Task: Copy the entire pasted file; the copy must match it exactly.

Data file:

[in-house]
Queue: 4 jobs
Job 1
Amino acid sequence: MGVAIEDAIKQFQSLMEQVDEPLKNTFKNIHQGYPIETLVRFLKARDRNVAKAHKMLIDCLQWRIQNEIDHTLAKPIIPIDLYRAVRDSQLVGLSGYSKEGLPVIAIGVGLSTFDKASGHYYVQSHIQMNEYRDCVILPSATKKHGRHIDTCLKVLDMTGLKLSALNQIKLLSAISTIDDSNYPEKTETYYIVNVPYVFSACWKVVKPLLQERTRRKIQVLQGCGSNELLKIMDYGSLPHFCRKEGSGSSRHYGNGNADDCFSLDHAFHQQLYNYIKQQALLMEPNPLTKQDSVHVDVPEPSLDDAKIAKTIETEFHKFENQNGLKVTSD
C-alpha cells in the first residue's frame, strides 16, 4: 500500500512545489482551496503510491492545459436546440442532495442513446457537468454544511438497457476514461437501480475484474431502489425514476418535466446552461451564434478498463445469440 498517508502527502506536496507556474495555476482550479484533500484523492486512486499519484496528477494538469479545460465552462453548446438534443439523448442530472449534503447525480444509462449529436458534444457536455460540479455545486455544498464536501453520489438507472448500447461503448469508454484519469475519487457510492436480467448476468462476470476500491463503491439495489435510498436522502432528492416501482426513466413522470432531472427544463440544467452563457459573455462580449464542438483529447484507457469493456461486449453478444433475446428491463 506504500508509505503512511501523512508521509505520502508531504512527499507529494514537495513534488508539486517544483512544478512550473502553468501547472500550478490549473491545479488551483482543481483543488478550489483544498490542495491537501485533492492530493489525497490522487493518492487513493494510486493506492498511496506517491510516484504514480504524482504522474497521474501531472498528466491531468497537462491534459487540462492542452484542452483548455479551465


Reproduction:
[in-house]
Queue: 4 jobs
Job 1
Amino acid sequence: MGVAIEDAIKQFQSLMEQVDEPLKNTFKNIHQGYPIETLVRFLKARDRNVAKAHKMLIDCLQWRIQNEIDHTLAKPIIPIDLYRAVRDSQLVGLSGYSKEGLPVIAIGVGLSTFDKASGHYYVQSHIQMNEYRDCVILPSATKKHGRHIDTCLKVLDMTGLKLSALNQIKLLSAISTIDDSNYPEKTETYYIVNVPYVFSACWKVVKPLLQERTRRKIQVLQGCGSNELLKIMDYGSLPHFCRKEGSGSSRHYGNGNADDCFSLDHAFHQQLYNYIKQQALLMEPNPLTKQDSVHVDVPEPSLDDAKIAKTIETEFHKFENQNGLKVTSD
C-alpha cells in the first residue's frame, strides 16, 4: 500500500512545489482551496503510491492545459436546440442532495442513446457537468454544511438497457476514461437501480475484474431502489425514476418535466446552461451564434478498463445469440 498517508502527502506536496507556474495555476482550479484533500484523492486512486499519484496528477494538469479545460465552462453548446438534443439523448442530472449534503447525480444509462449529436458534444457536455460540479455545486455544498464536501453520489438507472448500447461503448469508454484519469475519487457510492436480467448476468462476470476500491463503491439495489435510498436522502432528492416501482426513466413522470432531472427544463440544467452563457459573455462580449464542438483529447484507457469493456461486449453478444433475446428491463 506504500508509505503512511501523512508521509505520502508531504512527499507529494514537495513534488508539486517544483512544478512550473502553468501547472500550478490549473491545479488551483482543481483543488478550489483544498490542495491537501485533492492530493489525497490522487493518492487513493494510486493506492498511496506517491510516484504514480504524482504522474497521474501531472498528466491531468497537462491534459487540462492542452484542452483548455479551465